Sunday, March 19, 2017

An Hour of Lousy Sound Star Dust--Royale Concert Orchestra






The back jacket promises "full fidelity," which would normally be a good thing, but not when the label is Royale.

Royale, of course, was a member of the Record Corporation of America's stable of ultra-cheap labels, and An Hour of Star Dust is one of the least competently recorded and engineered fake-RCA releases of all--a horrifying charge, but true.  It also contains some of the funnest music anywhere in the company's catalog, so there's that.

By the way, I wrote "fake-RCA" to distinguish RCA from, for instance, RCA.

Did I say incompetently engineered?  Well, on top of the substandard (but full!) fidelity, we have the loud sound of a machine turning on and off between the tracks--a noise I graciously eliminated for you (am I a great guy or what?).  Where these recordings came from, I can't venture to guess--radio broadcasts, maybe?  I'm picturing a hand-held microphone, a tape recorder, and a radio.  That would explain the extremely low fidelity here.

Have I insulted the sound sufficiently?  Probably not.  But, as I noted, this is highly fun stuff, and it's one heck of a cheap-label relic. Note that Hollywood Concerto is actually a male chorus singing sea songs.  Possibly Royale had intended to include something by that name (Hollywood Concerto) but their clerk grabbed the wrong masters or something.  Not worth puzzling over.  It was just the RCA (not to be confused with RCA) way.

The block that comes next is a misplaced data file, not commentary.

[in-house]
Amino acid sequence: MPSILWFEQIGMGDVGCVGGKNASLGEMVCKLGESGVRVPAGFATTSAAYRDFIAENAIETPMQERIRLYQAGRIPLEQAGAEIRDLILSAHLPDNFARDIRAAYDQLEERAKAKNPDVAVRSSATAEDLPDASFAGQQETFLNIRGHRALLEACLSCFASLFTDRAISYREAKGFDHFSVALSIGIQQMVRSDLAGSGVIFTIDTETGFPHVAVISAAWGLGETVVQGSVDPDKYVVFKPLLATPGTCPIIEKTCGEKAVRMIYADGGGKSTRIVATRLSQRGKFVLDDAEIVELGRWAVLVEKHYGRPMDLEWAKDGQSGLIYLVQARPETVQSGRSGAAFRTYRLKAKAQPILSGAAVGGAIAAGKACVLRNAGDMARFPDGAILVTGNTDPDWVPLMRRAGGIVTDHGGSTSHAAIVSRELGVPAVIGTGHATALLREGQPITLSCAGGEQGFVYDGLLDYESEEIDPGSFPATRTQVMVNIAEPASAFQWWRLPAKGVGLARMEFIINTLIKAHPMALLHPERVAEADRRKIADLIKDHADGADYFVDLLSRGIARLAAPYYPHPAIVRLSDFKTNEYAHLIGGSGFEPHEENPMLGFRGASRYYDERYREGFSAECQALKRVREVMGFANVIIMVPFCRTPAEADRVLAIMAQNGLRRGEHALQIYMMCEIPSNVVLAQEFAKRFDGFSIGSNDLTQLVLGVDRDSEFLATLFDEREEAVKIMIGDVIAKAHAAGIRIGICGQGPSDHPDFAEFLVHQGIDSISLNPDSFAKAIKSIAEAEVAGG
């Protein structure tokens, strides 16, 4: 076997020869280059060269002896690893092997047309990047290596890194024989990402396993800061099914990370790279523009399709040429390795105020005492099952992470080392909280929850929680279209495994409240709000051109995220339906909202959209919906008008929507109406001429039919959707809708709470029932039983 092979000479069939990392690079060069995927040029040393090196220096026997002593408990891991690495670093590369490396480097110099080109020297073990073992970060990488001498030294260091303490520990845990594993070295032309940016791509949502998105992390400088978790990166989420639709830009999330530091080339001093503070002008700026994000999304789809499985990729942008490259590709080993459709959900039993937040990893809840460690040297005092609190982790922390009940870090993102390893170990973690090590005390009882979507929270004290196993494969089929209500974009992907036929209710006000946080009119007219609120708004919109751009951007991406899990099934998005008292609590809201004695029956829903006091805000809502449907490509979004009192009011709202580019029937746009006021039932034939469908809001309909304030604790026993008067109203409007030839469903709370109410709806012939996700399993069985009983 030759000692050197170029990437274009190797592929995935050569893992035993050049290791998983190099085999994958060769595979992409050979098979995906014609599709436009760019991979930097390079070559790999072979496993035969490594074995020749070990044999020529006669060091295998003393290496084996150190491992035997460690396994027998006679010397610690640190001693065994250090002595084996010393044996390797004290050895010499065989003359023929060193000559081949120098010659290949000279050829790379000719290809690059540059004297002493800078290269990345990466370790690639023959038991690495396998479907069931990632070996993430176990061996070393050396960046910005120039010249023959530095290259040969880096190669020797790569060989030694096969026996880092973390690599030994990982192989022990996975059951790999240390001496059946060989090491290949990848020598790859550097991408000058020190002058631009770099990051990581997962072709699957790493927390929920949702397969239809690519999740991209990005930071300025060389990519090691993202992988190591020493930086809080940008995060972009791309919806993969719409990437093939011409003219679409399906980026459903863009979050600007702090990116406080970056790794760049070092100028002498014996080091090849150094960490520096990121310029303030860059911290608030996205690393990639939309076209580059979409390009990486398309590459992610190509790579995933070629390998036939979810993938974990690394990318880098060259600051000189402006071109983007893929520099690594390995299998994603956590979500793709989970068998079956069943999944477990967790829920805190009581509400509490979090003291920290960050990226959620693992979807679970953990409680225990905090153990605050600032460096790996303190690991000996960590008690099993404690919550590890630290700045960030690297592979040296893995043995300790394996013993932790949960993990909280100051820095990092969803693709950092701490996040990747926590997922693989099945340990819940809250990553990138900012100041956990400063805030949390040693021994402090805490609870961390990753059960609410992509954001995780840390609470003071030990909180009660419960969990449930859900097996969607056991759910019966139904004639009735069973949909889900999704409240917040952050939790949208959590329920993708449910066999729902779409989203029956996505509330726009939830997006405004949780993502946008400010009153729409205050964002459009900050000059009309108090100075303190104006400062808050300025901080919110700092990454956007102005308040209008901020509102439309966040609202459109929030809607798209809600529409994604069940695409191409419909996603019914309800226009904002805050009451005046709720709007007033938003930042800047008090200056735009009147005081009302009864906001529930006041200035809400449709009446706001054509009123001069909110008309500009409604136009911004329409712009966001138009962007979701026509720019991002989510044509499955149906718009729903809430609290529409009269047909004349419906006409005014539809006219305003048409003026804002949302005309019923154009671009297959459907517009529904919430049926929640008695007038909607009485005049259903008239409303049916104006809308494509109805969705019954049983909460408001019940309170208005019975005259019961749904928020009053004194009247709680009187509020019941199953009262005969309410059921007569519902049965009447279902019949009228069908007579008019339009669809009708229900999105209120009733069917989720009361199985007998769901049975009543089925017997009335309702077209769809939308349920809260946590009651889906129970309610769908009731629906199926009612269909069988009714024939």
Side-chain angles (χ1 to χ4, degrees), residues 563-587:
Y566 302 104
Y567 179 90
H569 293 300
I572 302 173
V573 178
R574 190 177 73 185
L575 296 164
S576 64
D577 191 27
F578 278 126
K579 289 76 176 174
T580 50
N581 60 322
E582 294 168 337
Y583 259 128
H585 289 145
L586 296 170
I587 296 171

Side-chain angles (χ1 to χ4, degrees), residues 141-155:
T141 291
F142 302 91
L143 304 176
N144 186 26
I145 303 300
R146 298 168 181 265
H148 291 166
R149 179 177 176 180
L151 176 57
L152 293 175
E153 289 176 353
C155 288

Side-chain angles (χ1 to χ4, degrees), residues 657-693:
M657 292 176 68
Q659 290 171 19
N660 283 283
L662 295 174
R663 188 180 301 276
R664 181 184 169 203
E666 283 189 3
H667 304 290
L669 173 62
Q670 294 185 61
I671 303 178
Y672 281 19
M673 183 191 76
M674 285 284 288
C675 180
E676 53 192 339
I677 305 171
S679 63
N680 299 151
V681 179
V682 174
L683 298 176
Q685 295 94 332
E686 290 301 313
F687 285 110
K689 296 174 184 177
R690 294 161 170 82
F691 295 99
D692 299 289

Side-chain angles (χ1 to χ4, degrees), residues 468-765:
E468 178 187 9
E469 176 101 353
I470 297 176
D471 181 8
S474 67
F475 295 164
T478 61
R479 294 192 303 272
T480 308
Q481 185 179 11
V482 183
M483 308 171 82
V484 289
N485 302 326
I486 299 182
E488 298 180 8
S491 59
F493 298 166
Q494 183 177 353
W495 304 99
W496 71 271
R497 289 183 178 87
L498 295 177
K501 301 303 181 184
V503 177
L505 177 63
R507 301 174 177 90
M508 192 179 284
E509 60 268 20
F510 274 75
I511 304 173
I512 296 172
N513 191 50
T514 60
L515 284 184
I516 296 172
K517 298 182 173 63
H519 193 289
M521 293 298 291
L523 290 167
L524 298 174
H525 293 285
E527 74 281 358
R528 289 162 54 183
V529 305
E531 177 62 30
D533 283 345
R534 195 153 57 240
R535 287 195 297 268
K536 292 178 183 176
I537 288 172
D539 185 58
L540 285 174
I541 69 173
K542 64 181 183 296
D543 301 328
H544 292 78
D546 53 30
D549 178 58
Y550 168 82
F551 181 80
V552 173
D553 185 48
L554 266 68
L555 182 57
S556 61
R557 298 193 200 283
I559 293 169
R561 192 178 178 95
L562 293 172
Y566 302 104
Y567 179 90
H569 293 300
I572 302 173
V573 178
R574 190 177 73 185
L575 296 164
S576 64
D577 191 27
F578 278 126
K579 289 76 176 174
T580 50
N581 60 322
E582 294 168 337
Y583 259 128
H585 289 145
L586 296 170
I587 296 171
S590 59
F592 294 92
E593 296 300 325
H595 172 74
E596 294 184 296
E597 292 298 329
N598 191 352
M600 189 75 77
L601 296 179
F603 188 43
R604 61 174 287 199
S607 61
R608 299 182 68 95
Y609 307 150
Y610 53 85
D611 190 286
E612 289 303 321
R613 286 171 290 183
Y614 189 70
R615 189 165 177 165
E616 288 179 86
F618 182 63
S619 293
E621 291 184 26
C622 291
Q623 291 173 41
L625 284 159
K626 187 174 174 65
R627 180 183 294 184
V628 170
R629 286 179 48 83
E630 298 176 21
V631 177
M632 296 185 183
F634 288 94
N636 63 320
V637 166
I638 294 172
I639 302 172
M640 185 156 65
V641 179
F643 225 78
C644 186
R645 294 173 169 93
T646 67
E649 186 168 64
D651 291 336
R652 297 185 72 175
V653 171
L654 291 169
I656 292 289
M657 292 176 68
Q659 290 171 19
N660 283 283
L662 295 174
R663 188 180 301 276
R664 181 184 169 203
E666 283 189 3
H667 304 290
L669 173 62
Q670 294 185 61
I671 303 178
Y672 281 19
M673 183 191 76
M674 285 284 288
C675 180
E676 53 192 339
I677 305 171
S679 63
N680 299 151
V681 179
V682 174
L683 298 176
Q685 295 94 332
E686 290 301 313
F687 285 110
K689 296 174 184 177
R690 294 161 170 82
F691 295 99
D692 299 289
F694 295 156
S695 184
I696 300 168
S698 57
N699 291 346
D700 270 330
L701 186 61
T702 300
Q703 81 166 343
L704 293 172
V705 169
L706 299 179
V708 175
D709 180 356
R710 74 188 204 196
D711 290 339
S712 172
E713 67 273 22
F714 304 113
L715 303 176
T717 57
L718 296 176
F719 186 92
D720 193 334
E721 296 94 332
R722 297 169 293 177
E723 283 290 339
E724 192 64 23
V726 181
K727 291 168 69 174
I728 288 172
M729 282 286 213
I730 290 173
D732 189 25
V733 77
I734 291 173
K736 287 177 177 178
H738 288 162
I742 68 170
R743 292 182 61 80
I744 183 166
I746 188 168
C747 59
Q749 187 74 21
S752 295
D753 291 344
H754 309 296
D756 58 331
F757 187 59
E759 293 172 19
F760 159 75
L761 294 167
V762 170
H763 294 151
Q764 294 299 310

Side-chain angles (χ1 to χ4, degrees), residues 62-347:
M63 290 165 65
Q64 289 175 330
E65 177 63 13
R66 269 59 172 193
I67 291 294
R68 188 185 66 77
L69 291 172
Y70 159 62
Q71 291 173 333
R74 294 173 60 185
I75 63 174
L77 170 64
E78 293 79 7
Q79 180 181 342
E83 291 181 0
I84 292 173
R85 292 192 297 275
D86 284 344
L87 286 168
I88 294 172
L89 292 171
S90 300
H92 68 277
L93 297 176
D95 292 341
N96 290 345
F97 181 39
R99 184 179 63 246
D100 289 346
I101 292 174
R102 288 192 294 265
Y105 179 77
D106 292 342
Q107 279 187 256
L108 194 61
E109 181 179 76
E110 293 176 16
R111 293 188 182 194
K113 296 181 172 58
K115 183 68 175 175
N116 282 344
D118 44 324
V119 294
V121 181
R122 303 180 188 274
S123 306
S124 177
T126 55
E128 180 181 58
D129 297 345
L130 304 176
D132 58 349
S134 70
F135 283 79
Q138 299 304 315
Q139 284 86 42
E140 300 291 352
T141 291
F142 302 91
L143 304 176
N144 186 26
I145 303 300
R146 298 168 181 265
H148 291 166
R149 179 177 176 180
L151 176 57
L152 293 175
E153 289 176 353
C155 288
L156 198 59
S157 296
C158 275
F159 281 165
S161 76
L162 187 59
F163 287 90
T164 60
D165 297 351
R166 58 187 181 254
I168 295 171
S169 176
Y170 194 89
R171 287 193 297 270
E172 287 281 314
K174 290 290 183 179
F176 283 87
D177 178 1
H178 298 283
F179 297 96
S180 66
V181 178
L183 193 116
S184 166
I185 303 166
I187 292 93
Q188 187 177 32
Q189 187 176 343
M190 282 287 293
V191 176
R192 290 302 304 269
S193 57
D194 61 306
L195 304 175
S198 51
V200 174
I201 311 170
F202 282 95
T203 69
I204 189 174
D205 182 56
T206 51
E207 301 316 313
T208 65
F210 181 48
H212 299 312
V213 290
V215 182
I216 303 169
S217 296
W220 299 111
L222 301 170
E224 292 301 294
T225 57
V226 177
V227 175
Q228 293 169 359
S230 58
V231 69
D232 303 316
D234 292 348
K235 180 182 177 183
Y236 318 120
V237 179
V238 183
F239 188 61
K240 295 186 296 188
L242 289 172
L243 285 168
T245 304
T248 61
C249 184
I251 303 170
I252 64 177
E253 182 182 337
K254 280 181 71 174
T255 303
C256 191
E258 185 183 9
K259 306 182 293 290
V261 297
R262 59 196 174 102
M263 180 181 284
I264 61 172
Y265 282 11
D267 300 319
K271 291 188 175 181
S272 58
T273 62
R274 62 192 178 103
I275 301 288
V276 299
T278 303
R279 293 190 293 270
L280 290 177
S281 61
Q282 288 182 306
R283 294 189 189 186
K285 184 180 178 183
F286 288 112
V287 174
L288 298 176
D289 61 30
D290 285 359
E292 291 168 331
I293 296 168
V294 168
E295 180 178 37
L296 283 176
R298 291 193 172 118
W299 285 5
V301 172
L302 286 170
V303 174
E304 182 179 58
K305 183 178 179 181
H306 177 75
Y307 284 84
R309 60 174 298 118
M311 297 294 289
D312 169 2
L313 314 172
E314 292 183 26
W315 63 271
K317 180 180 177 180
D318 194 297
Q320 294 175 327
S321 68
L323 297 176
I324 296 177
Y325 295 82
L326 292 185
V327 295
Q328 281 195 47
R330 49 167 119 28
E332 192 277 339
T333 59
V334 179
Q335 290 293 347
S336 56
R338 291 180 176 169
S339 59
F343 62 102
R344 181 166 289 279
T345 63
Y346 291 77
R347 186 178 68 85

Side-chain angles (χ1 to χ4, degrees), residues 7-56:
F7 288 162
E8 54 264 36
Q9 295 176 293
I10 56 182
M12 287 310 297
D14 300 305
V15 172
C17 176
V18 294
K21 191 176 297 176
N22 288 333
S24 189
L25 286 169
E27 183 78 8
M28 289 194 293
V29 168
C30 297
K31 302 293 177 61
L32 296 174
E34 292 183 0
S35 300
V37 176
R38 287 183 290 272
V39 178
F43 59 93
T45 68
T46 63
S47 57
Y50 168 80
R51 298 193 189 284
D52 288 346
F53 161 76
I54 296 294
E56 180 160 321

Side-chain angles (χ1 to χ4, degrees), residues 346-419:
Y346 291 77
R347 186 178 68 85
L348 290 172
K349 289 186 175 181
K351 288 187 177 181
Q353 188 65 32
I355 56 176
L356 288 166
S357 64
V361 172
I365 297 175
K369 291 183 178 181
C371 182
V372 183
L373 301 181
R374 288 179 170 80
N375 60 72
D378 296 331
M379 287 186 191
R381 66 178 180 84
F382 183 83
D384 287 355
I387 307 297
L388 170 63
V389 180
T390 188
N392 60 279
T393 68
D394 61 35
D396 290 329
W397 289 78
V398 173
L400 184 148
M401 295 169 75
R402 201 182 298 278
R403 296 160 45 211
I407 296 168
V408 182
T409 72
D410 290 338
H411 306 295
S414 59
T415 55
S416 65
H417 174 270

To the fun sounds:  An Hour of Star Dust

(See LP front for track listing.)

Lee




6 comments:

Buster said...

A male chorus singing sea songs under the title "Hollywood Concerto" is the most Royale thing imaginable.

Lee Hartsfeld said...

Ha! Isn't it, though?

garrido said...

I agree with Buster on the Hollywood Concerto. As a child and young adult I was fortunate enough to visit Disneyland many, many times. The Pirates of the Caribbean was definitely the best attraction in the park and the hour to an hour and a half wait certified that. Once inside the pavilion the strains of(Yo-ho) "A Pirates Life for Me" were heard over the speakers. As children we had no idea who was singing the song but it was ingrained in our memories, completely. Later I found that the singers were Thurl Ravenscroft (Tony the Tiger) and the Mellowmen. If any song was ever to hold the record for the most times played it would be that song and "It's a Small World"
Thurl had a website dedicated to his work with the Barbershop Quartet, the Mellowmen.
I wonder if you have Thurl recordings in your collection? According to Tony the Tiger "It's Great!!!!"

Lee Hartsfeld said...

I have at least one--it's a Stuart Hamblen side. "Cowboy Sunday School" comes to mind (for the group), though I don't remember the title.

Isn't he on Rosemary Clooney's version of "This Ole House"?

mel said...

Yes, Lee, you're right - it was Thurl Ravenscroft on "This Ole House". I think he was also on Rosie's "Where Will The Dimple Be?".

Lee Hartsfeld said...

I think I'm hearing him right now--I'm playing Cathy Johnson's "Rockin' and Yodelin'," from 1955. I Googled it, but nothing about Thurl being on it.